The Bird Flu Virus Adapted to Sea Mammals. It May Not Be Done Yet.


Elephant seals in South America died in massive numbers because the bird flu virus acquired mutations that allowed it to spread among mammals, according to a new study.

The research offers the first genetic and epidemiological evidence of bird flu virus transmission among mammals. And the findings hold a warning: The virus, called H5N1, may similarly transform to cause large-scale infections in other mammalian species, including people.

The bird flu virus is responsible for an ongoing outbreak in dairy cows in the United States. Since March, it has been detected in cows in nine states, and in wastewater from several others.

The virus may already be spreading from cow to cow, too, but federal officials have said that the more likely explanation for the outbreak is that it is spreading through contaminated milk.

H5N1 is also presumed to have spread among mink on a fur farm in Spain. But the new study is the first to pull together different streams of evidence that substantiate transmission from mammal to mammal.

The study was posted online on Saturday and has not been peer reviewed. But genetic analysis of the virus, and the scale and timing of infections in sea mammals in South America, all suggest that the animals acquired the virus from one another, not from infected birds, the researchers said.

“It’s a combination of facts that really present compelling evidence that there is some sort of mammal-to-mammal transmission,” said Marcela Uhart, who led the new study and directs the Latin American wildlife health program at the University of California, Davis.

In 2022 and 2023, H5N1 killed more than 30,000 sea lions in Peru and Chile, along with some porpoises, dolphins and otters. It traveled down the Pacific Coast and then marched back up the Atlantic coast through Argentina and into Uruguay and Brazil.

Last October, there was a “tsunami of virus” in Argentine Patagonia that wiped out more than 17,000 elephant seals, Dr. Uhart said, adding that those numbers make it unlikely that the virus jumped from a bird to a sea mammal each time.

Mammal-to-mammal transmission is “nearly the only explanation of how it went around the entire southern tip of the continent and continued to spread,” she said. “Honestly, there are not very many more ways this could have happened.”

In the new study, Dr. Uhart and her colleagues studied virus samples from elephant seal pups and terns. Their genetic analysis suggests that H5N1 jumped at least three times from wild birds to marine mammals on the Pacific Coast of South America, and then evolved to spread between elephant seals.

The team presented some of these data at small meetings, but other researchers were resistant to the idea that sea mammals were infecting one another, Dr. Uhart said.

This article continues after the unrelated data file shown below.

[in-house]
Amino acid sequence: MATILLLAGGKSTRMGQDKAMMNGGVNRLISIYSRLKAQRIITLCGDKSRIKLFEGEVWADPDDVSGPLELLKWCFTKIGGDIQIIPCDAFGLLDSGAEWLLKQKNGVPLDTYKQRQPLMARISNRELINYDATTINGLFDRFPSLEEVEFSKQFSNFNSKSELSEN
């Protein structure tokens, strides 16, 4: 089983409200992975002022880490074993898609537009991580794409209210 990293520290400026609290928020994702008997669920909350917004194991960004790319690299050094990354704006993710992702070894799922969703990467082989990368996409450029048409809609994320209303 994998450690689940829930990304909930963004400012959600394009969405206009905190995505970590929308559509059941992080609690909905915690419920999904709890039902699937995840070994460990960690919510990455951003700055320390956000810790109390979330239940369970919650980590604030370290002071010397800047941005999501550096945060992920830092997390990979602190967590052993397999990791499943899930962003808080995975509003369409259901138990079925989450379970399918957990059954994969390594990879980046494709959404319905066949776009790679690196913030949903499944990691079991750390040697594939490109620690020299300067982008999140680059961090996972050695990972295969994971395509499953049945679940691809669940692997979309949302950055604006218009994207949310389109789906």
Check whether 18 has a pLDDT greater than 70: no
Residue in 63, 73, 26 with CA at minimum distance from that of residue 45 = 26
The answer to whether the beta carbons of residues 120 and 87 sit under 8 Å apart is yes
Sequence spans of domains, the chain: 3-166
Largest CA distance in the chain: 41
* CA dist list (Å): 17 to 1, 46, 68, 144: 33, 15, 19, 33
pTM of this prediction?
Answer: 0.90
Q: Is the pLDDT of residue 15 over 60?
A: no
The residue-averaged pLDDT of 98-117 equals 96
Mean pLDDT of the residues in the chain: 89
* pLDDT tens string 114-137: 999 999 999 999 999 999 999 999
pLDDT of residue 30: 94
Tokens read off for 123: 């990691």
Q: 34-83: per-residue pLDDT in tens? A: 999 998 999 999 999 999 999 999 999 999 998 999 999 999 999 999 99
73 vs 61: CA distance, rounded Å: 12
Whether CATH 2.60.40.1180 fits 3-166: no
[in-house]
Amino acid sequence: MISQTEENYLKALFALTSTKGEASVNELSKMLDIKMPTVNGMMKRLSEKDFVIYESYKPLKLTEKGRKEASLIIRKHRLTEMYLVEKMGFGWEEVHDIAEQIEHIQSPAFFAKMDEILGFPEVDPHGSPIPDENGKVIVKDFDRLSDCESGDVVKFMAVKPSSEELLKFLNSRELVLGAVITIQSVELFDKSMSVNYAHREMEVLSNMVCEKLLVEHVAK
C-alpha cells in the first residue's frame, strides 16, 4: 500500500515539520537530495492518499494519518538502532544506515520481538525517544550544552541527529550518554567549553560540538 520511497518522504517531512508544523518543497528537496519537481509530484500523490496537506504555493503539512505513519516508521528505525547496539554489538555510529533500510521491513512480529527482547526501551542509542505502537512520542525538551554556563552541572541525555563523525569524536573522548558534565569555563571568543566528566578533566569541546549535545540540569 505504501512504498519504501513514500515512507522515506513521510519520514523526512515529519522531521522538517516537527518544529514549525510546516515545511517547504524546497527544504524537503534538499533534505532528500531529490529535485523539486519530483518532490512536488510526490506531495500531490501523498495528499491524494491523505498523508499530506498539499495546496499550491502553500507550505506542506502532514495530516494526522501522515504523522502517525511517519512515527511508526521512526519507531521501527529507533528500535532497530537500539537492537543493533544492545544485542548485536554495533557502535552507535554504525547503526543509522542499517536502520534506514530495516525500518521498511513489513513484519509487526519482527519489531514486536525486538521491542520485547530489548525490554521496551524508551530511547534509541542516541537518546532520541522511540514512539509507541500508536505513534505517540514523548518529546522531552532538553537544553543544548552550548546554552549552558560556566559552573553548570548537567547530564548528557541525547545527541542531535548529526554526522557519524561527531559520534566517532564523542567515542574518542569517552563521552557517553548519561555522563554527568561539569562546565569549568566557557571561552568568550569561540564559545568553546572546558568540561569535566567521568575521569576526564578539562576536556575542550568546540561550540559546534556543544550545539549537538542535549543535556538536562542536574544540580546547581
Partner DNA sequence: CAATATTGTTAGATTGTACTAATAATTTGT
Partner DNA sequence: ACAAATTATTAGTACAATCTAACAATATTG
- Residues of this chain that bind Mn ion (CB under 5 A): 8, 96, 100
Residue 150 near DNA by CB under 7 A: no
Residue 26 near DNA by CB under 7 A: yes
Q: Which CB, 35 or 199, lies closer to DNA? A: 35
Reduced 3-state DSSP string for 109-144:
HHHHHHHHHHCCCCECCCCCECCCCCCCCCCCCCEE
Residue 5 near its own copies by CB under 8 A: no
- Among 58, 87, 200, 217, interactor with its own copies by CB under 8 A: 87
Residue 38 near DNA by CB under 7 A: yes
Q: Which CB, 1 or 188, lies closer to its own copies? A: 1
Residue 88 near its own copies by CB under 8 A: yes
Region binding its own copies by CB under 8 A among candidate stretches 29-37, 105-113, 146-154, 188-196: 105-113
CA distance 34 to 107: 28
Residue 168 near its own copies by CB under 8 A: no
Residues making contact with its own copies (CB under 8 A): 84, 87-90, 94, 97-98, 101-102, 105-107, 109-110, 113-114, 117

Some scientists suggested that the mammals were all infected by birds. But a majority of terns died about three weeks after the mass deaths in sea lions and elephant seals.

In fact, Dr. Uhart and her colleagues found evidence suggesting that the virus jumped from sea mammals back into birds — an unwelcome development, because infected birds can disperse the virus wherever they migrate.

The researchers found H5N1 in the windpipes, lungs and brains of carcasses of sea mammals. It is unclear whether the virus spread through air or through some other route. But in lab experiments, the virus has been shown to be transmissible through air and via direct contact among ferrets.

Bird flu virus taken from the sea animals contained 18 mutations that enabled it to infect and spread among mammals more easily, and enhanced the severity of the disease, the researchers found.

“The sheer number of mutations” is cause for concern, said Dr. Malik Peiris, a virologist and bird flu expert at the University of Hong Kong, who was not involved in the work.

In contrast, there are hardly any mutations that represent adaptation to mammals in the infected cows. “But this could be a matter of time,” Dr. Peiris said.

None of the mutations was found to affect hemagglutinin, or HA, the viral protein that latches on to receptors in humans and animals. Other studies have suggested that changes in HA are crucial for H5N1 to spread among people, and may precede mutations in other parts of the virus.

But “even though the HA has not changed, you have other mutations that may be of concern,” said Agustina Rimondi, a virologist at the INTA-CONICET virology institute in Buenos Aires, who led the genetic analysis.

Every infection affords the virus new opportunities to evolve and to acquire mutations that may allow it to more easily infect people, she said.

Among the mutations found in virus from sea mammals are two, D701N and Q591K, that alter an enzyme the virus needs to replicate. Both mutations are thought to be alternatives to another mutation called E627K, which is believed to be a key change needed for the virus to infect mammals.

The mutations merit further investigation, but they may not be followed by the changes needed in HA and do not necessarily portend transmission among people, said Richard Webby, an influenza expert at St. Jude Children’s Research Hospital, who was not involved in the work.

“The HA receptor changes make it easier for the others to emerge, but I don’t think it works the other way around,” he said.

Dr. Webby cautioned against thinking of all mammals as a homogeneous group.

“I don’t think sea mammals are the same as humans, in terms of susceptibility,” he said. “Maybe replication in sea mammals doesn’t drive the virus to be more able to infect humans.”



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